In 1901, high school enrollment numbered 86 students out of a total town population of 4,869 people. Due to the lack of work opportunities for children aged 14-16 as a result of the Great Depression, by 1938 high school enrollment increased to 323 students. In 1932, the school budget was the largest single item in the town’s costs. The budget experienced a major cut, by $5,000, when Grafton began to feel the effects of the Depression.
Now the Grafton public school system is comprised of four elementary schools, one middle school, and one high school, newly opened in 2012. South Grafton Elementary, built in 1976, and North Grafton Elementary, built in 1955, offer pre-K through first grade while Millbury Street Elementary, built in 2002, and North Street Elementary, built in 1969, offer grades two through six. The middle school, built in 1963, has grades seven and eight and the high school has grades nine through twelve.
By Sue Wambolt, Contributing Writer
Grafton – Zachary Kerzee, 25, is the pastor of Simple Church, an offspring of the former United Methodist Church in Grafton which closed its doors two years ago, allocating funds from the building sale to the “planting” of a new church. Simple Church, a farm-to-table dinner church located at the church parsonage next to the Elvidge farm property at 82 Potter Hill Road, is committed to simplicity, community and service. And, while affiliated with the Methodist Church, Simple Church is open to all, including those who have felt marginalized by traditional religions, with the emphasis on full welcome into the spirit community of Simple Church.
Kerzee, the son of a Methodist minister, grew up in Texas where he studied religion and Greek at McMurry University before moving to New England to attend Harvard Divinity School. He received his Masters of Divinity in May and moved to Grafton in July to start Simple Church. Joining him was his wife, Kendra, a Spanish teacher in Acton, their retired sled dog, Skunk, and eight laying hens.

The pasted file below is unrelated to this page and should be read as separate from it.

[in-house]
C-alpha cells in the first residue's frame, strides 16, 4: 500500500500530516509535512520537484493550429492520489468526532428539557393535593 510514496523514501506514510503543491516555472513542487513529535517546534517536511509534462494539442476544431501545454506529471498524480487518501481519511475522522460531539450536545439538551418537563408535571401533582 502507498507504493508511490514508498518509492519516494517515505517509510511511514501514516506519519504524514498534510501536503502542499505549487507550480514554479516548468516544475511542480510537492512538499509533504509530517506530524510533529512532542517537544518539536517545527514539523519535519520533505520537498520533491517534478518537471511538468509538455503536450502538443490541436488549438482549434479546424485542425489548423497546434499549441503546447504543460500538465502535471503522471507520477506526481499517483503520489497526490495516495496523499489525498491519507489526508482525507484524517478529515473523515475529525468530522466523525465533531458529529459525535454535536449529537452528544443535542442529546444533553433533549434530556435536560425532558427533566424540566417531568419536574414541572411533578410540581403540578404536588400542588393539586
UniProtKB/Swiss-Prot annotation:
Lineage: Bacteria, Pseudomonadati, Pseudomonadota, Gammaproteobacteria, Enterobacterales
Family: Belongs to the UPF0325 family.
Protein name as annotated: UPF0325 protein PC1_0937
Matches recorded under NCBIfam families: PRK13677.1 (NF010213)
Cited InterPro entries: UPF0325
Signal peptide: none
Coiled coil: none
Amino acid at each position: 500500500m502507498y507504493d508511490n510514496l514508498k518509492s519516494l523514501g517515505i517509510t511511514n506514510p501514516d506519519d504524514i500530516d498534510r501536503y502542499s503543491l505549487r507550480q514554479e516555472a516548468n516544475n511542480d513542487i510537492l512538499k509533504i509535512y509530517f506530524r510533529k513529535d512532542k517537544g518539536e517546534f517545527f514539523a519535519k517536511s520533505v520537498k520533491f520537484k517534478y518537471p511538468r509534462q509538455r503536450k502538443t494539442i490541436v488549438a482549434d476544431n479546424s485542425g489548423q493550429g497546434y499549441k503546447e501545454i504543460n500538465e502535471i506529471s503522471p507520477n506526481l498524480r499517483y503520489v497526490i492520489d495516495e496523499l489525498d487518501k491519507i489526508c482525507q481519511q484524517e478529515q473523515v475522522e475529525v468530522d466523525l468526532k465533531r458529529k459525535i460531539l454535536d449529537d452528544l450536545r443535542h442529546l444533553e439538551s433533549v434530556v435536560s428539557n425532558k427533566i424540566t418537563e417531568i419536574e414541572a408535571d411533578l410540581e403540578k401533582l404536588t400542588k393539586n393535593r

Simple Church meets at Kerzee’s home. It is a church without walls. On purpose.
“So many churches have trouble even keeping the heat turned on – and I can’t think of a single church that hasn’t had to do a capital campaign just to maintain their church building,” Kerzee said. “So I decided that Simple Church was going to run as fast as we could in the other direction. When I looked at the example and ministry of Jesus, I didn’t see him building large, creaky church buildings. Instead, he walked from place to place and met people where they were. By not having a building we free ourselves to focus on relationships and live unencumbered lives devoted to service and connection.”
At Simple Church, visitors are asked to bring their faith, their doubts and an appetite for something bigger than themselves. Worship includes preparing food together within a liturgical context full of prayers, a candle-lighting ceremony, and a blessing for the food followed by a meal and a small sermon meant to stir discussion. Attendees sing folk songs that can be sung without song books or print-outs.
“We try and make zero waste – which means we don’t have printed bulletins and we use glassware and cloth napkins. All food scraps are composted. We sing simple songs – often African American spirituals or songs that I write myself,” shared Kerzee.
Kerzee sees Simple Church as an opportunity to live a life committed to simplicity following the patient example of Jesus. No steeple and no pews. Just a table and a passion to connect to people.
Simple Church began meeting in September and has recently outgrown its space at Kerzee’s home. In order to accommodate the growing numbers, the church has begun meeting in the fellowship hall of the Congregational Church, 30 Grafton Common. Additionally, a second night of dinner worship has been added. Thursday night dinner worship will meet at 7 p.m. and the Friday night group at 5 p.m. to accommodate families with small children.
Starting next month Simple Church will be incorporating a monthly service project, participating in an all-ages mission.
Simple Church is made up of folks of all ages, all backgrounds and all orientations. Interested in coming for a visit? They’ll set a place for you.
For more information on Simple Church, go to www.simpleumc.com or facebook.com/simpleumc on Facebook.
For a description of a typical worship service, visit http://www.simpleumc.com/frequently-asked-questions.html.